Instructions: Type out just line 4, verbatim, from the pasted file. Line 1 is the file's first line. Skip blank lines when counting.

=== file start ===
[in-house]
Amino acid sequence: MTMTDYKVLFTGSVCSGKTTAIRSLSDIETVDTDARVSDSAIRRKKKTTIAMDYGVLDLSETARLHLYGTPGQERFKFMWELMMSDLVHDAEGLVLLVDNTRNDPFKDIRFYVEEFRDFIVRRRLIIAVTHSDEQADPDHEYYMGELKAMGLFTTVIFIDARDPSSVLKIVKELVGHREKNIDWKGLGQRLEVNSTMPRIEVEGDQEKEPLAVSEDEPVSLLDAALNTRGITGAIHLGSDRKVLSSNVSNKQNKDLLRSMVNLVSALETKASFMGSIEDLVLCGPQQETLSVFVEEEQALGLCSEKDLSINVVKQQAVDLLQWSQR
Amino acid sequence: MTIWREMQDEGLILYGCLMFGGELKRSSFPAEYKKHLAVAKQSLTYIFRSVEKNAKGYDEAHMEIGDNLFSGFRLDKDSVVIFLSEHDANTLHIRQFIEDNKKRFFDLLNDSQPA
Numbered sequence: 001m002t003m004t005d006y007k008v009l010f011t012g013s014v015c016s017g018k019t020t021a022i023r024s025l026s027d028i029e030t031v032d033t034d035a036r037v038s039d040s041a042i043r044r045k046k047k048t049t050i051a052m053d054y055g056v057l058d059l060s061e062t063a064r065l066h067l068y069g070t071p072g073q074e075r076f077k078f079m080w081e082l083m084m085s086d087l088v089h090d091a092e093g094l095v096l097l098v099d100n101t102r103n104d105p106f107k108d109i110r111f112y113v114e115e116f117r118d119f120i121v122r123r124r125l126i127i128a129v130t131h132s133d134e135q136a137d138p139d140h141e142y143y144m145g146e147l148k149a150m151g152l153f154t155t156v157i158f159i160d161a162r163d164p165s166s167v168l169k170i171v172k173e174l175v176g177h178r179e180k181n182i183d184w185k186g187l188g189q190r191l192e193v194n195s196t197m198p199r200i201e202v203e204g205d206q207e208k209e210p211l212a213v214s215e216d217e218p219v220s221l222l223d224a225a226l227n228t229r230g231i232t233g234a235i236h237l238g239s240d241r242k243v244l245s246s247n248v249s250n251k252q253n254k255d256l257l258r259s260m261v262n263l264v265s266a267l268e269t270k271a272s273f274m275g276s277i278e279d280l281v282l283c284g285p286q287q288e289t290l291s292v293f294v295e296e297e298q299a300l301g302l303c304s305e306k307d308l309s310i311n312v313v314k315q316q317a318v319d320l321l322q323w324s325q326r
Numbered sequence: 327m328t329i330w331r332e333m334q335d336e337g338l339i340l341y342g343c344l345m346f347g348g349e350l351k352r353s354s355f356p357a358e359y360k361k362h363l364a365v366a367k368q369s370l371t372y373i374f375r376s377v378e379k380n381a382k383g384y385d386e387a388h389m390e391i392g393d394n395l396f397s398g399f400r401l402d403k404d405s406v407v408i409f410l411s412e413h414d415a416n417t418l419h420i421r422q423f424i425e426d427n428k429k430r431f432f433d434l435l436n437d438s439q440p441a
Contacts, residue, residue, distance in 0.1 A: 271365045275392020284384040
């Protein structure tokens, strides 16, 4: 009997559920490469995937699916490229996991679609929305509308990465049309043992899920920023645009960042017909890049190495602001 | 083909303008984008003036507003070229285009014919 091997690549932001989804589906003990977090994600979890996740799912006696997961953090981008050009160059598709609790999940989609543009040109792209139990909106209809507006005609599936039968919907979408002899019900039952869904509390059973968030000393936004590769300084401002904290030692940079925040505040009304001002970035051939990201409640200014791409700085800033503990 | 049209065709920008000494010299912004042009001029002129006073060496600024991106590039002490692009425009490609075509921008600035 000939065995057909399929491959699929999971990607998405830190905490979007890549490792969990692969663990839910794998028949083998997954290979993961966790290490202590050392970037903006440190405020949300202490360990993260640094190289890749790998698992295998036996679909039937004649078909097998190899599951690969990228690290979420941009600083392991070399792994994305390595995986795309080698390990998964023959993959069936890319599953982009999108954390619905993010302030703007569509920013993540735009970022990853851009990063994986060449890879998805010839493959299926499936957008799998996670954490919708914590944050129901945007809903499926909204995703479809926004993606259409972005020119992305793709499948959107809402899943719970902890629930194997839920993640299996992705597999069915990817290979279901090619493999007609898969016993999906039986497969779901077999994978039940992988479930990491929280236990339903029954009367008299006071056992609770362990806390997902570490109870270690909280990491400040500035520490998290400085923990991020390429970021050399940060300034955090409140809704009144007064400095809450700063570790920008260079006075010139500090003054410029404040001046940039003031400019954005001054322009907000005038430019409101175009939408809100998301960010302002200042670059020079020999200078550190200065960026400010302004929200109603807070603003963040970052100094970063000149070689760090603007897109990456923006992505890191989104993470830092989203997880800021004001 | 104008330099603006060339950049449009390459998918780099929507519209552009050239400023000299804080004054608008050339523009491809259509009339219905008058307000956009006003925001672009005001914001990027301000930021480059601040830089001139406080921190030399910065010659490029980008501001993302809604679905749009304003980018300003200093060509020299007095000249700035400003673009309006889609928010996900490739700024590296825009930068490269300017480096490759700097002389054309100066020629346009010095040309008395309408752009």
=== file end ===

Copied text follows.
Numbered sequence: 001m002t003m004t005d006y007k008v009l010f011t012g013s014v015c016s017g018k019t020t021a022i023r024s025l026s027d028i029e030t031v032d033t034d035a036r037v038s039d040s041a042i043r044r045k046k047k048t049t050i051a052m053d054y055g056v057l058d059l060s061e062t063a064r065l066h067l068y069g070t071p072g073q074e075r076f077k078f079m080w081e082l083m084m085s086d087l088v089h090d091a092e093g094l095v096l097l098v099d100n101t102r103n104d105p106f107k108d109i110r111f112y113v114e115e116f117r118d119f120i121v122r123r124r125l126i127i128a129v130t131h132s133d134e135q136a137d138p139d140h141e142y143y144m145g146e147l148k149a150m151g152l153f154t155t156v157i158f159i160d161a162r163d164p165s166s167v168l169k170i171v172k173e174l175v176g177h178r179e180k181n182i183d184w185k186g187l188g189q190r191l192e193v194n195s196t197m198p199r200i201e202v203e204g205d206q207e208k209e210p211l212a213v214s215e216d217e218p219v220s221l222l223d224a225a226l227n228t229r230g231i232t233g234a235i236h237l238g239s240d241r242k243v244l245s246s247n248v249s250n251k252q253n254k255d256l257l258r259s260m261v262n263l264v265s266a267l268e269t270k271a272s273f274m275g276s277i278e279d280l281v282l283c284g285p286q287q288e289t290l291s292v293f294v295e296e297e298q299a300l301g302l303c304s305e306k307d308l309s310i311n312v313v314k315q316q317a318v319d320l321l322q323w324s325q326r